East European Quarterly

A scholarly journal publishes articles in the disciplines of East European history, including its economics, politics, culture and history.

Articles from Vol. 33, No. 1, Spring

Comrades and Adversaries: Yugoslav-Soviet Conflict in 1948 -- a Reappraisal
After the end of the Second World War, the Soviet Union reemerged as a superpower in world affairs. Moscow, thanks to her war gains, established a strong position in Europe. This strong position was based on the military presence of the Red Army in...
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Constitutionalism in East Central Europe? the Case of Slovakia under Meciar
In a recent issue of the East European Constitutional Review, Ewa Letowska recounts the following anecdote: A hungry traveler walks into a shady restaurant in Moscow. He sits down and inspects the menu. "I'll have the pork chops," he says. "We don't...
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Post-Visegrad Cooperation in East Central Europe
I. INTRODUCTION Although the always rather loose Visegrad group virtually ceased to exist after the January 1994 Partnership for Peace summit, a new set of cooperative regional endeavors has emerged in East Central Europe. Some of these reflect...
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Reassessment of the Relationship: Polish History and the Polish Question in the Imperial Duma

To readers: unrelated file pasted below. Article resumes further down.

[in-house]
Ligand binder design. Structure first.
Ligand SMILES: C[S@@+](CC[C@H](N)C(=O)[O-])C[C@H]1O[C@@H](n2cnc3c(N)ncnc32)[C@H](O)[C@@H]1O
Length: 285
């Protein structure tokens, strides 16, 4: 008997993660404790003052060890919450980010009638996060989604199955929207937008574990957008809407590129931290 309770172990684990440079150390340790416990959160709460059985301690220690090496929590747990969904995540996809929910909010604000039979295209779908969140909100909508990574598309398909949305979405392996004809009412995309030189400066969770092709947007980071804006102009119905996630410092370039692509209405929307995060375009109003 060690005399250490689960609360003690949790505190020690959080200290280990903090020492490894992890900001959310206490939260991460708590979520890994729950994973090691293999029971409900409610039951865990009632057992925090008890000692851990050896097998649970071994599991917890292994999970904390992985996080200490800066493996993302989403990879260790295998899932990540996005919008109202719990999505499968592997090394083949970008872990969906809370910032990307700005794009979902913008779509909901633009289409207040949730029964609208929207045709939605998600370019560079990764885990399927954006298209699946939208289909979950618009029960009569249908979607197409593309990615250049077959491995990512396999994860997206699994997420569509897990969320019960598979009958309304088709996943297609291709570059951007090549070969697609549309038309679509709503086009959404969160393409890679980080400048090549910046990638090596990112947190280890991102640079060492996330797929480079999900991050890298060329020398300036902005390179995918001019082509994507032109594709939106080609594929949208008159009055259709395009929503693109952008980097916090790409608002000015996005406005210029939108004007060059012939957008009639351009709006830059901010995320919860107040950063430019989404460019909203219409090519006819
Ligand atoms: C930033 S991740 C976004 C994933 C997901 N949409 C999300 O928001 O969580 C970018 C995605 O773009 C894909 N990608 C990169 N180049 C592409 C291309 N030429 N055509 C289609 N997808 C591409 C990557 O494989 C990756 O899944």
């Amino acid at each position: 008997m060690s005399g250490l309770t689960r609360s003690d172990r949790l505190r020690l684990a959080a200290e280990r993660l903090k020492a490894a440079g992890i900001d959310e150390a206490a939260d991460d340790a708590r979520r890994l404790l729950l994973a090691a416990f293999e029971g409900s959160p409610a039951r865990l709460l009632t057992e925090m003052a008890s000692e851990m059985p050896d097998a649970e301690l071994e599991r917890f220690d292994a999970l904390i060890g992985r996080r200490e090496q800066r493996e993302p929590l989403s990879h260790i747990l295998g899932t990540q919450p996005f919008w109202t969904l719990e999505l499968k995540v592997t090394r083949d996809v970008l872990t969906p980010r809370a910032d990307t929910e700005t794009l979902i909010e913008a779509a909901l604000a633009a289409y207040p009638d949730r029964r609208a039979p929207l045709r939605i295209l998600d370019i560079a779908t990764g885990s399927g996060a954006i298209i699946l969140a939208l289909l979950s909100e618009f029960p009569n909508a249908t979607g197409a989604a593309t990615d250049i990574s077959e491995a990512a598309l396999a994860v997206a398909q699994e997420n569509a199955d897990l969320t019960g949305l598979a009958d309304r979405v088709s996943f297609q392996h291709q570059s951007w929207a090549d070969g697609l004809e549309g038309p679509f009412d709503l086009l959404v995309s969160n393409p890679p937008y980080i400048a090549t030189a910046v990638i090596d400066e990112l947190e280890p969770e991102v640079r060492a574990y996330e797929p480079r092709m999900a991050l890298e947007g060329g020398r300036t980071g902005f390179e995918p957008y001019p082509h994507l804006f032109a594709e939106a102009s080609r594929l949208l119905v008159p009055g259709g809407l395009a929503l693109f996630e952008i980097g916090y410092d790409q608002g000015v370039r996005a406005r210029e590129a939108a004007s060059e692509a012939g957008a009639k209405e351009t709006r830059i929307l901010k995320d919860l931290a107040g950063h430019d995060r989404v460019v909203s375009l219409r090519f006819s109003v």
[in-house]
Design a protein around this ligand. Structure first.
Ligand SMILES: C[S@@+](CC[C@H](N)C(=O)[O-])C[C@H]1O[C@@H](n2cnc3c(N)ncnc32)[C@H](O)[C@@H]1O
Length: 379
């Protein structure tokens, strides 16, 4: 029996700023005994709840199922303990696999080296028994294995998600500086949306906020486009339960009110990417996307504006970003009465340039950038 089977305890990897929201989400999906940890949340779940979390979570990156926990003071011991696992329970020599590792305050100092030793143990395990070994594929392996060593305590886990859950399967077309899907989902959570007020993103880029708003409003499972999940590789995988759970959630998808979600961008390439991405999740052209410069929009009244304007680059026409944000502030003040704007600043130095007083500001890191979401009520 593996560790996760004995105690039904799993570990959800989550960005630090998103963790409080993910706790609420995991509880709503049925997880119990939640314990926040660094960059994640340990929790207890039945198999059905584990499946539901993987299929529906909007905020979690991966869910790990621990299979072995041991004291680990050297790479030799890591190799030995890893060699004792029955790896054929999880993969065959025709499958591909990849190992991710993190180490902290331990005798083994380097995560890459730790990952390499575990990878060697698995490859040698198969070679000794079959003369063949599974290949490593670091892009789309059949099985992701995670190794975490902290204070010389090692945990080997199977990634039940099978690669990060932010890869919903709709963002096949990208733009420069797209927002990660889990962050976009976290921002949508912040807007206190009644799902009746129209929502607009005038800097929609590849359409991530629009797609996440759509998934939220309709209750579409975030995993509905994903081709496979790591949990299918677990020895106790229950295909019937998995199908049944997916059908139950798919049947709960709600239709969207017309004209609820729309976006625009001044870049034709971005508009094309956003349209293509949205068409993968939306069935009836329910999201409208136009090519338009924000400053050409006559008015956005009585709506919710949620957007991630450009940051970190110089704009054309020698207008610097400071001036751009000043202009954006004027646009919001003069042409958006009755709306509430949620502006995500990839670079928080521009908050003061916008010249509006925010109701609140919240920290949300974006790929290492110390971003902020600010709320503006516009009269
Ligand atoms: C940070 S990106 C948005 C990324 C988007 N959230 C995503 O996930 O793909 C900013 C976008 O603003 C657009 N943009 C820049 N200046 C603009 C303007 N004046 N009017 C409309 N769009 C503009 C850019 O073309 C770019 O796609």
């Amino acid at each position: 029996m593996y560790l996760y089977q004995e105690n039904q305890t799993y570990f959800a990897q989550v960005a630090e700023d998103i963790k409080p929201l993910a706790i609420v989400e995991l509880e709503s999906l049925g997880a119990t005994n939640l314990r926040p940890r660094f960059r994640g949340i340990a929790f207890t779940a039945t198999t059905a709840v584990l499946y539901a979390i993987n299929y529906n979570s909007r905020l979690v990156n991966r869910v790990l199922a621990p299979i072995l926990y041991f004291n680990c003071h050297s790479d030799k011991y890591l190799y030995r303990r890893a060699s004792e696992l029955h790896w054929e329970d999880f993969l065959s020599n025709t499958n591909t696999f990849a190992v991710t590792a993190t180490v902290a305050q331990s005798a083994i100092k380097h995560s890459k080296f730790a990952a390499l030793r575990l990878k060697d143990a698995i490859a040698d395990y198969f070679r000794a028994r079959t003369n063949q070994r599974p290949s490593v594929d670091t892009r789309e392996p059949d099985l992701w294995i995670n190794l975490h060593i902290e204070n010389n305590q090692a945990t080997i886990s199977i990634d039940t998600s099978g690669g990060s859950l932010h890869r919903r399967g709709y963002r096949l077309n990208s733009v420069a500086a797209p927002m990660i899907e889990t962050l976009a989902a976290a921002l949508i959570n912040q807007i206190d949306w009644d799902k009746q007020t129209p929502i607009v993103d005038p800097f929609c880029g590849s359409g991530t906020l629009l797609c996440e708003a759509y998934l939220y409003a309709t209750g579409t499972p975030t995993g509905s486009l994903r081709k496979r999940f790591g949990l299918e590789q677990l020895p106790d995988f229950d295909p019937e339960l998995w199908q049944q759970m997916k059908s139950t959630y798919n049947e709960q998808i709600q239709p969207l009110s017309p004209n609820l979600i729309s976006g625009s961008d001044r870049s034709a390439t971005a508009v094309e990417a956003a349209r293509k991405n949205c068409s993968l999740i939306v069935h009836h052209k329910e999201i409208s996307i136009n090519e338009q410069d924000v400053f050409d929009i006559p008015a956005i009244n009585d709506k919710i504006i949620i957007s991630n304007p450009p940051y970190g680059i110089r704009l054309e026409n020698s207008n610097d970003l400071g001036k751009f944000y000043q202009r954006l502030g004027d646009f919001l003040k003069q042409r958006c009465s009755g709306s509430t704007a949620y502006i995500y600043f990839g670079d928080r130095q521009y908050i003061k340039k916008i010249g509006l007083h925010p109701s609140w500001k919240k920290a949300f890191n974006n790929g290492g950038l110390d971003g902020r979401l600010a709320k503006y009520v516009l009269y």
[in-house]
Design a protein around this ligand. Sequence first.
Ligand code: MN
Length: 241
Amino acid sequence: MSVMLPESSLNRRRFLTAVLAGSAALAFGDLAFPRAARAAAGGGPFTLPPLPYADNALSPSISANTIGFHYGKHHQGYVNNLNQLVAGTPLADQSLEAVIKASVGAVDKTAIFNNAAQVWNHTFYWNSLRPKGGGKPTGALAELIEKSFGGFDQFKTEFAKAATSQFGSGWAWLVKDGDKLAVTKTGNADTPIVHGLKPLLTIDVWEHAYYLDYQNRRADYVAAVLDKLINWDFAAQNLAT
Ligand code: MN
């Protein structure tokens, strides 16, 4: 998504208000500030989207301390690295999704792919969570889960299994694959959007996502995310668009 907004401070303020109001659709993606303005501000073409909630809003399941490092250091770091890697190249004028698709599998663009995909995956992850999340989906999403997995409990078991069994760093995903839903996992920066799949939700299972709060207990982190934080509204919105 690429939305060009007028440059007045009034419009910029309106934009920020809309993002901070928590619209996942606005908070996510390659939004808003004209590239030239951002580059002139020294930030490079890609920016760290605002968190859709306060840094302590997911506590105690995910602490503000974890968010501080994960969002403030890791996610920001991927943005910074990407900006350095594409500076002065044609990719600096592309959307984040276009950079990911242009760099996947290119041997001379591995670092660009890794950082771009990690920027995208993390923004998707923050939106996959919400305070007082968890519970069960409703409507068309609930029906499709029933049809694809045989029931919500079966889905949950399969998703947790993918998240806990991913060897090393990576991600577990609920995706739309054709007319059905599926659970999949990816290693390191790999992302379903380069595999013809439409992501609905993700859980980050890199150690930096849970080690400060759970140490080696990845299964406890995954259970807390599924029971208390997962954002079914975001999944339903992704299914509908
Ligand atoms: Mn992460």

For generations Poles had been a sort of embarrassment for Russian nationalism. Indeed the core of Russian nationalism since the middle of the nineteenth century was an idea of Slavophilism. This ideology (as many others) was inconsistent. On the one...
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Slovenia's Transition to Democracy: Theory and Practice
Since its breakup in 1991, much of the scholarly research on the former Yugoslavia has been on the causes and sad consequences of its disintegration.(1) However, the breakup has yielded one small success story: that of the Republic of Slovenia. In...
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Symbolism in the Diplomacy of Czech President Vaclav Havel
Sir Ernest Satow celebratedly added to the prerequisites of a diplomat the qualification of "use of intelligence and tact."(1) To that maxim the former dissident and later Czechoslovak President Vaclav Havel added "good taste," which he explained serves...
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